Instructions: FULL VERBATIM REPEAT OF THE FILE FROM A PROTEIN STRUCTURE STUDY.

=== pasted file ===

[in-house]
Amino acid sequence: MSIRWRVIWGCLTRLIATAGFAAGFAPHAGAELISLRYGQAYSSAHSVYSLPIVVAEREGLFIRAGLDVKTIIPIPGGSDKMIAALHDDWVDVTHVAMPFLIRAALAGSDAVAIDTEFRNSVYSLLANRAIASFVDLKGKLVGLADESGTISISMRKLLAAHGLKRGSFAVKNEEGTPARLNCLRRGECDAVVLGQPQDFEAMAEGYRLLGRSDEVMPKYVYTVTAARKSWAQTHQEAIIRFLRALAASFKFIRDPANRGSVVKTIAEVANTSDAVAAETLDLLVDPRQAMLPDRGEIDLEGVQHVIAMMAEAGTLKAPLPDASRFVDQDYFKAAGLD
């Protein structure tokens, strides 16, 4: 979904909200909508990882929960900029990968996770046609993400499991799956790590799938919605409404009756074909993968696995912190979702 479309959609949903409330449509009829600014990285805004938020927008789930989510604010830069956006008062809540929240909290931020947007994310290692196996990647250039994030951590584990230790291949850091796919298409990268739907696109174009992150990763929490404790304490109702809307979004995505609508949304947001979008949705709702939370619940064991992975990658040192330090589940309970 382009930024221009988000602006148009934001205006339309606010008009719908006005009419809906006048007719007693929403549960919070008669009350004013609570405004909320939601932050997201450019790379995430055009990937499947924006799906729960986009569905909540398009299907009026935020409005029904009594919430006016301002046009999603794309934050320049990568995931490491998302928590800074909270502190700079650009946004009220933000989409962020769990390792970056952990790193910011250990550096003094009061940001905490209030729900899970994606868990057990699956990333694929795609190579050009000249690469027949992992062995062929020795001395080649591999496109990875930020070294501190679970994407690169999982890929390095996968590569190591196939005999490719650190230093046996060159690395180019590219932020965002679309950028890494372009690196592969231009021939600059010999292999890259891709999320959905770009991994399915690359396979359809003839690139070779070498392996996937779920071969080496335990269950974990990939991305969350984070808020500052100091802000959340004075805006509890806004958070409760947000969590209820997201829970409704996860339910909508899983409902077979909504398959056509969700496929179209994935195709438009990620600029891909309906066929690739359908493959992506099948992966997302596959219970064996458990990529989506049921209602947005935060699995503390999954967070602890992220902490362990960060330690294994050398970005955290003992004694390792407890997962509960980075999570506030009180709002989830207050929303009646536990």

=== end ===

[in-house]
Amino acid sequence: MSIRWRVIWGCLTRLIATAGFAAGFAPHAGAELISLRYGQAYSSAHSVYSLPIVVAEREGLFIRAGLDVKTIIPIPGGSDKMIAALHDDWVDVTHVAMPFLIRAALAGSDAVAIDTEFRNSVYSLLANRAIASFVDLKGKLVGLADESGTISISMRKLLAAHGLKRGSFAVKNEEGTPARLNCLRRGECDAVVLGQPQDFEAMAEGYRLLGRSDEVMPKYVYTVTAARKSWAQTHQEAIIRFLRALAASFKFIRDPANRGSVVKTIAEVANTSDAVAAETLDLLVDPRQAMLPDRGEIDLEGVQHVIAMMAEAGTLKAPLPDASRFVDQDYFKAAGLD
């Protein structure tokens, strides 16, 4: 979904909200909508990882929960900029990968996770046609993400499991799956790590799938919605409404009756074909993968696995912190979702 479309959609949903409330449509009829600014990285805004938020927008789930989510604010830069956006008062809540929240909290931020947007994310290692196996990647250039994030951590584990230790291949850091796919298409990268739907696109174009992150990763929490404790304490109702809307979004995505609508949304947001979008949705709702939370619940064991992975990658040192330090589940309970 382009930024221009988000602006148009934001205006339309606010008009719908006005009419809906006048007719007693929403549960919070008669009350004013609570405004909320939601932050997201450019790379995430055009990937499947924006799906729960986009569905909540398009299907009026935020409005029904009594919430006016301002046009999603794309934050320049990568995931490491998302928590800074909270502190700079650009946004009220933000989409962020769990390792970056952990790193910011250990550096003094009061940001905490209030729900899970994606868990057990699956990333694929795609190579050009000249690469027949992992062995062929020795001395080649591999496109990875930020070294501190679970994407690169999982890929390095996968590569190591196939005999490719650190230093046996060159690395180019590219932020965002679309950028890494372009690196592969231009021939600059010999292999890259891709999320959905770009991994399915690359396979359809003839690139070779070498392996996937779920071969080496335990269950974990990939991305969350984070808020500052100091802000959340004075805006509890806004958070409760947000969590209820997201829970409704996860339910909508899983409902077979909504398959056509969700496929179209994935195709438009990620600029891909309906066929690739359908493959992506099948992966997302596959219970064996458990990529989506049921209602947005935060699995503390999954967070602890992220902490362990960060330690294994050398970005955290003992004694390792407890997962509960980075999570506030009180709002989830207050929303009646536990």